Well yeah, there were a couple of people. There was one woman who went to the same church I did in Portsmouth, and so I saw her a lot, and she [inaudible word] English teacher, which had nothing much to do with that part, but she would talk to me a lot and I would see her in church and we’d talk about different things and so I did very well in high school. I was valedictorian and I also was president of the student body. And so that helped me, I think, to get into college. I know that when I went to William & Mary, the assistant principal took me up there. I didn’t come from a rich family, and so I got some very nice scholarships to go to school there. And so he helped me, too. I think it was mainly because of a couple of the teachers, like my home room teacher, and this woman who was a teacher but knew my family from the church activities and so forth, so somebody put in good words for me on that. And at that time, William & Mary only had undergraduates, and you weren’t allowed to have cars or anything, and there wasn’t any Busch Gardens. So you were pretty isolated there. And so you either participated in — and it’s smaller than your school, but it’s still a bit like here, isolated — and so my opinion is you participate in school activities or you don’t participate. So I think that’s — I like that. I think it was good for me, anyway, so that part was good. But there has always been some teacher somewhere that — I mean for example ([I’m] telling on myself), but the physics department at William & Mary in those days only had three professors — the chairman, the guy who did most of the teaching, and the guy who did the labs. And the chairman and I didn’t get along well. I have always had difficulty with authority, sometimes, so the chairman, he had one to Brown University [inaudible phrase] in physics, and I wonder if it was a subliminal thing that I went there, but I really got the best fellowship there, when I applied for a number of schools. But in any case, at one occasion he told me that, when I suggested I might want to go to graduate school in physics, he said, “Of all the people that I’ve ever taught, you are the least likely to be able to go to graduate school in physics.” Well, I don’t know whether he was using reverse psychology or not. And when I got my Ph.D. in physics I went back to tell him off, but he died, so I will never know the answer to this case, [that was] a thing that did help me a lot though. It seems interesting what helps you in your life. The second guy who did most of the teaching lived on campus. They had some housing for faculty like you do here. And he always said — a real nice guy, and he always said, “If you see my light on, you can knock on the door and get help.” There was only seven physics majors when I was there — the maximum that they ever had. And so, you know, other people took physics classes, but as far as a major — and so I used to, when I had trouble I’d knock on his door and he’d help me, as well as during the daytime, you know, when you saw him. So I go to Brown, that graduate school, and Lindsay is head of the department, and most of them [inaudible phrase]. And he just finished writing his theoretical physics book and so he taught theoretical physics to all the new graduate students. Now I’m in school there with guys from Harvard, Yale and all the prep schools in New England, and one day a group of them come to see me. They said, “Green, we know we are smarter than you, but you are getting better grades than we are.” And they said, “How come?” I said, “Oh, Lindsay helps me.” They said, “What?” I said, “Yeah,” I said, “[I] go up to the office, I say I need some help on problem six, the secretary says ‘Just a minute’, goes in his office, comes back, says ‘Come back at 3 o’clock’, I come back at 3 o’clock.” They [inaudible phrase] all of [inaudible word]. See, I was stupid. I didn’t know better. Because I’d been at the other place and the guy helped me, right? And later on, Lindsay thought it was funny. So I really had good relations with him, okay? Later on I invited him down to Hopkins, as you would guess I might, and had him give special lectures and things like that. And then, somewhat strange as it may seem, his grandson went to Hopkins in the history of science and had written a fairly thick article. Maybe it’s printed in the book now, about his grandfather — and so we had nice conversations about it. And so it’s interesting. Yeah, I think different people have helped me. Obviously the professor who did the teaching mostly at William & Mary and then Lindsay’s influence at least. And he then moved up to be head dean of the graduate school, but he still would stop by the physics department and talk to people and so forth, and I used to go over and talk to him some, so… He also used to take graduate students, he and his wife, to dinner at their house, you know a small group at a time. And so he was a very personable guy and was a nice guy, a very nice guy. Fortunately he finally got [inaudible phrase]. Maybe not too many of them, but you can find some.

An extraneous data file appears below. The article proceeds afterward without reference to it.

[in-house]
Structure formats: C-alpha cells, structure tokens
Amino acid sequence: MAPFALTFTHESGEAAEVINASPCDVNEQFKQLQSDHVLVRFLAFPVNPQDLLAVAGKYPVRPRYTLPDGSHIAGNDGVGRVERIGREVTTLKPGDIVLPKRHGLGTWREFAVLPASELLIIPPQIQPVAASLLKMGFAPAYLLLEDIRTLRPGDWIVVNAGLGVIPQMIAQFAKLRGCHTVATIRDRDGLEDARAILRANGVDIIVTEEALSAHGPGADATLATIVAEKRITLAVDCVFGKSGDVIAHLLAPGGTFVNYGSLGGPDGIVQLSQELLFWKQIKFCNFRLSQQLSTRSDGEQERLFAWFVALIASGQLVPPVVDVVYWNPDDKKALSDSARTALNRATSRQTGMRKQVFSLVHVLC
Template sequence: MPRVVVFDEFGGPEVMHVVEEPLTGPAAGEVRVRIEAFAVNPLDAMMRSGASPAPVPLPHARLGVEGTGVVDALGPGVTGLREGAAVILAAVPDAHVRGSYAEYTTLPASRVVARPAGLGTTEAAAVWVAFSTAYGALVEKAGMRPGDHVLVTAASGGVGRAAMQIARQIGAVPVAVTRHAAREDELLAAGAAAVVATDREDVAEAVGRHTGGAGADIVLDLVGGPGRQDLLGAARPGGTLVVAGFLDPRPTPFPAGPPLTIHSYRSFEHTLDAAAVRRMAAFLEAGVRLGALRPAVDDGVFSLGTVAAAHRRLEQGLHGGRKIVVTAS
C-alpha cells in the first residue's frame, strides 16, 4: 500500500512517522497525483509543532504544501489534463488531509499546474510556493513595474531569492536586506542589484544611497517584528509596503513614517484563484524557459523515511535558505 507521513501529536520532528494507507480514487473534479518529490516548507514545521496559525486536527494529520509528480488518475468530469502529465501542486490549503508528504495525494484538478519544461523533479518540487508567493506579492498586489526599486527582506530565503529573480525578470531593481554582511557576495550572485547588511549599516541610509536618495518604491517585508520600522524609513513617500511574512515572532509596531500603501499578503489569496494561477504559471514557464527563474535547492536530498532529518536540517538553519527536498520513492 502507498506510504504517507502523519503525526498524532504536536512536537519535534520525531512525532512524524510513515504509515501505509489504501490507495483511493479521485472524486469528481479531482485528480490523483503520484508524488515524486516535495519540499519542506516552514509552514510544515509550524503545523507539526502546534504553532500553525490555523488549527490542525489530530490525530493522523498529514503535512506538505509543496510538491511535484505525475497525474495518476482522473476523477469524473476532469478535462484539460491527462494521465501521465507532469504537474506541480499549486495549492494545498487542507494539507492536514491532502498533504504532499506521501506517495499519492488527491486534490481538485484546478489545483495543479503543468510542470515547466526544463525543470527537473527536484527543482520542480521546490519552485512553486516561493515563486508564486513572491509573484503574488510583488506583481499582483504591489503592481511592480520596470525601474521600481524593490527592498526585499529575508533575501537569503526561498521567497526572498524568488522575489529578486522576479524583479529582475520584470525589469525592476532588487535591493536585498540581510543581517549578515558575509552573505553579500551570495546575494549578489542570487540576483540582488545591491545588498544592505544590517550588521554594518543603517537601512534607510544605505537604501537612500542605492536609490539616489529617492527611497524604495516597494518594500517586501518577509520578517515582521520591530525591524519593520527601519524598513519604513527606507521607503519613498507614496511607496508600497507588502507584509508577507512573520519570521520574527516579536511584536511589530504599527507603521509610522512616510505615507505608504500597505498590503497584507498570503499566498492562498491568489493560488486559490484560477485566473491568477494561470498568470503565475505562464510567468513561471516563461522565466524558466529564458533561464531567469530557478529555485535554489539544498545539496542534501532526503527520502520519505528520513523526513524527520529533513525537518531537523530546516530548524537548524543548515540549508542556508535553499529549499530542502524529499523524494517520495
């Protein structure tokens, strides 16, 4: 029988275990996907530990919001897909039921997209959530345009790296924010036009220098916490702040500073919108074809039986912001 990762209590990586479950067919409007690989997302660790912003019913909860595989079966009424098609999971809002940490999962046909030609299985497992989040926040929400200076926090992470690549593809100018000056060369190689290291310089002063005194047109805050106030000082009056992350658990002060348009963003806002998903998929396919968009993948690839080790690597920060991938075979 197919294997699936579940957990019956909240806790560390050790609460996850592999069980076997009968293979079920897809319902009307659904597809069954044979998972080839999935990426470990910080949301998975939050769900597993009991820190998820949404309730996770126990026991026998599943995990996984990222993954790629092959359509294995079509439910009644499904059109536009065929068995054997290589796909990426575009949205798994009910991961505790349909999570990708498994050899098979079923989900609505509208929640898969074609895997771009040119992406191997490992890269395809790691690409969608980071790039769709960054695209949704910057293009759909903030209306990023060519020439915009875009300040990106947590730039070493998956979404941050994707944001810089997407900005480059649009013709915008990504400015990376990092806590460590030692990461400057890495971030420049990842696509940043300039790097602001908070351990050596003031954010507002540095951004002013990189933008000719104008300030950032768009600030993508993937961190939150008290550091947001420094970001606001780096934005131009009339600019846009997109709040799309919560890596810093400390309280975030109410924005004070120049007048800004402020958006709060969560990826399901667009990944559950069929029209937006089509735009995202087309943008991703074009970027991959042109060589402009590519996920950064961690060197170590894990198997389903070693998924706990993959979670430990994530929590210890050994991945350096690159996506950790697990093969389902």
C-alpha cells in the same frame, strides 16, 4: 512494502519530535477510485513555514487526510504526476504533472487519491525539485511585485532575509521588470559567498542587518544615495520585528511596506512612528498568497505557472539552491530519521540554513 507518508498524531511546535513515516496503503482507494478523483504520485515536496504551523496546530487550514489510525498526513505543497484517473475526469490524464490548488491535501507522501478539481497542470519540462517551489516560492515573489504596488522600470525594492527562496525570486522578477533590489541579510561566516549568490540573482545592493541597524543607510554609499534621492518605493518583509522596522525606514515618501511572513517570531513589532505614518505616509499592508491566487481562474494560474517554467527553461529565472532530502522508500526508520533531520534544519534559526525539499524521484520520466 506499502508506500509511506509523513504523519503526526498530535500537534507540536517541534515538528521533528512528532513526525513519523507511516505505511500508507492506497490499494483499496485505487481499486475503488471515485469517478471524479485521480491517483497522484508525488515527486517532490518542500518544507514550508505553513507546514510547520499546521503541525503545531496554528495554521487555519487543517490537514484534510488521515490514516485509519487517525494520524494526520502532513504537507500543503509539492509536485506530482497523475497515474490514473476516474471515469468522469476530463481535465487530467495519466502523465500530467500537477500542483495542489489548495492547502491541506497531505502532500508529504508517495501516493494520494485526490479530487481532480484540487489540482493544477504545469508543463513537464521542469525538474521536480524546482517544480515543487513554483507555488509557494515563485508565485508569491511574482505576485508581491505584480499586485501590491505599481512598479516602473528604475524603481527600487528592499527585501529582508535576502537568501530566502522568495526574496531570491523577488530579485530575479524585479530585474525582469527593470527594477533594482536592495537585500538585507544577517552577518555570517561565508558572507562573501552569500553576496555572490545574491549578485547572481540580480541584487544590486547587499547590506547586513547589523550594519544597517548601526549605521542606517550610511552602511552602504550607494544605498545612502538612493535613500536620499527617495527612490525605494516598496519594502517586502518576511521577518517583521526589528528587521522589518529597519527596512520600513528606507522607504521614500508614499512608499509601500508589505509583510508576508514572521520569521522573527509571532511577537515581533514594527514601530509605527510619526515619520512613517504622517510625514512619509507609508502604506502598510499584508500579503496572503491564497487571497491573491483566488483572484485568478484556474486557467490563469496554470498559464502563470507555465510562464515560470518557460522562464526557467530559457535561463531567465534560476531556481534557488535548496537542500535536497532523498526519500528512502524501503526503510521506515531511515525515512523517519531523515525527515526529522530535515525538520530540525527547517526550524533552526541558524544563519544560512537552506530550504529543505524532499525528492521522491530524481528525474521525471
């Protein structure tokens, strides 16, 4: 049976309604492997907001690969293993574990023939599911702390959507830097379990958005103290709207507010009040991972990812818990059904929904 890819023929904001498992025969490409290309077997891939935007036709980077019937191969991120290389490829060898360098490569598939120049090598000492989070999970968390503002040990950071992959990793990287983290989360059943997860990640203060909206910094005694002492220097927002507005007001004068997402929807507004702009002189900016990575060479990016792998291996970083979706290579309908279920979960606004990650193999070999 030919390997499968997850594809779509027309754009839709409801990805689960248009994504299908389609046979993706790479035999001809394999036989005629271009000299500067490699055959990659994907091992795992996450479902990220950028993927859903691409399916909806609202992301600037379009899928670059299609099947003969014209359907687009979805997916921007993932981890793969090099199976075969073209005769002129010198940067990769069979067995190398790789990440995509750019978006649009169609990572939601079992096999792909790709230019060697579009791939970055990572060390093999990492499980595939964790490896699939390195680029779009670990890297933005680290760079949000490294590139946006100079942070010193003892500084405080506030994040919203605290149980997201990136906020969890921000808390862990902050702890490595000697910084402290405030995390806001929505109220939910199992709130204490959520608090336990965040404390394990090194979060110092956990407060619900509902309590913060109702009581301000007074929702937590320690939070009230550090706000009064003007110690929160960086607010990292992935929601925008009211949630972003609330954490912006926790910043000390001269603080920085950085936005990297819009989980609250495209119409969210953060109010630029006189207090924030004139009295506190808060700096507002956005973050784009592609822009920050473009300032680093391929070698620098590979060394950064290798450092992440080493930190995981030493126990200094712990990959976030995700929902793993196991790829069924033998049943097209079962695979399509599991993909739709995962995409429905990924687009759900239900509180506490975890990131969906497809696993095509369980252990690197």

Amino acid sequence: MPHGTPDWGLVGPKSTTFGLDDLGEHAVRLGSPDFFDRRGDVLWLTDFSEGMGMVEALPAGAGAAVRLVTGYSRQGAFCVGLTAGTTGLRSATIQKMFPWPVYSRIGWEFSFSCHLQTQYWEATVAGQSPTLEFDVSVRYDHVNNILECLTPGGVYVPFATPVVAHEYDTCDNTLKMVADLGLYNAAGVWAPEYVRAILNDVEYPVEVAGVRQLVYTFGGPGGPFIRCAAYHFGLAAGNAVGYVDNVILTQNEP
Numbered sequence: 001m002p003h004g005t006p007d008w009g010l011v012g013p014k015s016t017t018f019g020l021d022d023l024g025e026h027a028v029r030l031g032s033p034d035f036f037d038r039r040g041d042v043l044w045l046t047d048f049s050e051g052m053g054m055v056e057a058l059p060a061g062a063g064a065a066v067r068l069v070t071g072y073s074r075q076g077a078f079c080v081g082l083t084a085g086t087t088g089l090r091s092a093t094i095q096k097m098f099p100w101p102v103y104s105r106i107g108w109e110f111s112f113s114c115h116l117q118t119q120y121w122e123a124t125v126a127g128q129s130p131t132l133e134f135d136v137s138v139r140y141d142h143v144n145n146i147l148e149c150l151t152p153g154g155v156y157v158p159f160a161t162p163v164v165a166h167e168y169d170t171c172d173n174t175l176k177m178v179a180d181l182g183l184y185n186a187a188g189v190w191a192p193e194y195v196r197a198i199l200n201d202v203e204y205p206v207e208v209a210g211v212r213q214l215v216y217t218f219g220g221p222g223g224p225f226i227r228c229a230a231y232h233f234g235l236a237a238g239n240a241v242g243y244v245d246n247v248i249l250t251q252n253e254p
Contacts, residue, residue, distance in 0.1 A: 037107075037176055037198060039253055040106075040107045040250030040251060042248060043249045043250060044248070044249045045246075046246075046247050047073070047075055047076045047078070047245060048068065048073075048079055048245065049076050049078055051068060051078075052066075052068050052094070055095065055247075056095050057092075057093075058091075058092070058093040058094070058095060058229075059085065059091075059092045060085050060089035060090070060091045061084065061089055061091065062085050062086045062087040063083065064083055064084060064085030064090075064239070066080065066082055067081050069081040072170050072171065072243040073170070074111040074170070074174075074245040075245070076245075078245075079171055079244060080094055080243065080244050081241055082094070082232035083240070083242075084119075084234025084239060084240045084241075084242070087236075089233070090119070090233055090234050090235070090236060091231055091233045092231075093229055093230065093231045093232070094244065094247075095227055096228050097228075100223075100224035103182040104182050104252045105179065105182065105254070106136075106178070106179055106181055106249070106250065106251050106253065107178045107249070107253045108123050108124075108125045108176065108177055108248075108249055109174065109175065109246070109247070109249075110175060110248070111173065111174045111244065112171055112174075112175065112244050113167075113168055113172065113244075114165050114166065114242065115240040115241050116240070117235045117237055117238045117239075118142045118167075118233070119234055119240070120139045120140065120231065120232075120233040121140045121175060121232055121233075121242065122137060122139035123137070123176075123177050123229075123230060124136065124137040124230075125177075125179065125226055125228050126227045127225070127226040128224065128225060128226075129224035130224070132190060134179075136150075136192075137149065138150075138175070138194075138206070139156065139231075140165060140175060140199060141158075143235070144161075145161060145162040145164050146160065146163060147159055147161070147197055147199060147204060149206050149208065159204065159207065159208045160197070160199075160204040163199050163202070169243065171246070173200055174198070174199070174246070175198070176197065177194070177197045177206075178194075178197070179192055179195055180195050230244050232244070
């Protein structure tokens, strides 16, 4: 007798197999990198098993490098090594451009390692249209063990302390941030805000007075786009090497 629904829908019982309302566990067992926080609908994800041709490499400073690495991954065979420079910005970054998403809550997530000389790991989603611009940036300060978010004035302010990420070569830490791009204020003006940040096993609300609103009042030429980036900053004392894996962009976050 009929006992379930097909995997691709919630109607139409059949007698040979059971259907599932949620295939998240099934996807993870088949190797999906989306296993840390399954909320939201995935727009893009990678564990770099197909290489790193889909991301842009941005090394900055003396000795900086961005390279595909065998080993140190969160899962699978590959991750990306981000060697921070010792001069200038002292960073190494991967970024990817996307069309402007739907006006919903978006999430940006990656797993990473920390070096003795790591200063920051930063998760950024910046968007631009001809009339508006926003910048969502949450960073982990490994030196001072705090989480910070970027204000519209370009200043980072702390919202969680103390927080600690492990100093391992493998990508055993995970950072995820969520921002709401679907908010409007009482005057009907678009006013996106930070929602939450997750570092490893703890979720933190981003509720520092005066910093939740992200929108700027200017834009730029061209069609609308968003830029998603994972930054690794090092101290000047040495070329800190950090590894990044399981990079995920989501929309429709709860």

Bass: